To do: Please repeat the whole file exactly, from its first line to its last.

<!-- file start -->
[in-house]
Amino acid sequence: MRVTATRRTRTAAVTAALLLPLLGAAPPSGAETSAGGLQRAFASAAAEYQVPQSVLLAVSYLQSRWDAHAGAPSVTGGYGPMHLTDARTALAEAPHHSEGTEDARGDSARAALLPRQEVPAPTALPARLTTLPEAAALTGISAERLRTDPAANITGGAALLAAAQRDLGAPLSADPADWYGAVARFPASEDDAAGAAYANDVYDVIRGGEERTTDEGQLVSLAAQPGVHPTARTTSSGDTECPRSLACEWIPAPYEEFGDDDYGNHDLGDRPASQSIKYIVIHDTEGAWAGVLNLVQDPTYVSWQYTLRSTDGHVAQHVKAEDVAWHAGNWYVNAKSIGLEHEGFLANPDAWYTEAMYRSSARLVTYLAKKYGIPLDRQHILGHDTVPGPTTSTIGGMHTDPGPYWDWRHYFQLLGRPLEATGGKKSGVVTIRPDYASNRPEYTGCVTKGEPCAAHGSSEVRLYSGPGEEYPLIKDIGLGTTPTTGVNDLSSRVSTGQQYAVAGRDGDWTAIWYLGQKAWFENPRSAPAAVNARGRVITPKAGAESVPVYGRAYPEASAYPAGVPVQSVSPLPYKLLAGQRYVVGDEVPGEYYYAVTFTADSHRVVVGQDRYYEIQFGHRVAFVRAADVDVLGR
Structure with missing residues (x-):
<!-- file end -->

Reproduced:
[in-house]
Amino acid sequence: MRVTATRRTRTAAVTAALLLPLLGAAPPSGAETSAGGLQRAFASAAAEYQVPQSVLLAVSYLQSRWDAHAGAPSVTGGYGPMHLTDARTALAEAPHHSEGTEDARGDSARAALLPRQEVPAPTALPARLTTLPEAAALTGISAERLRTDPAANITGGAALLAAAQRDLGAPLSADPADWYGAVARFPASEDDAAGAAYANDVYDVIRGGEERTTDEGQLVSLAAQPGVHPTARTTSSGDTECPRSLACEWIPAPYEEFGDDDYGNHDLGDRPASQSIKYIVIHDTEGAWAGVLNLVQDPTYVSWQYTLRSTDGHVAQHVKAEDVAWHAGNWYVNAKSIGLEHEGFLANPDAWYTEAMYRSSARLVTYLAKKYGIPLDRQHILGHDTVPGPTTSTIGGMHTDPGPYWDWRHYFQLLGRPLEATGGKKSGVVTIRPDYASNRPEYTGCVTKGEPCAAHGSSEVRLYSGPGEEYPLIKDIGLGTTPTTGVNDLSSRVSTGQQYAVAGRDGDWTAIWYLGQKAWFENPRSAPAAVNARGRVITPKAGAESVPVYGRAYPEASAYPAGVPVQSVSPLPYKLLAGQRYVVGDEVPGEYYYAVTFTADSHRVVVGQDRYYEIQFGHRVAFVRAADVDVLGR
Structure with missing residues (x-):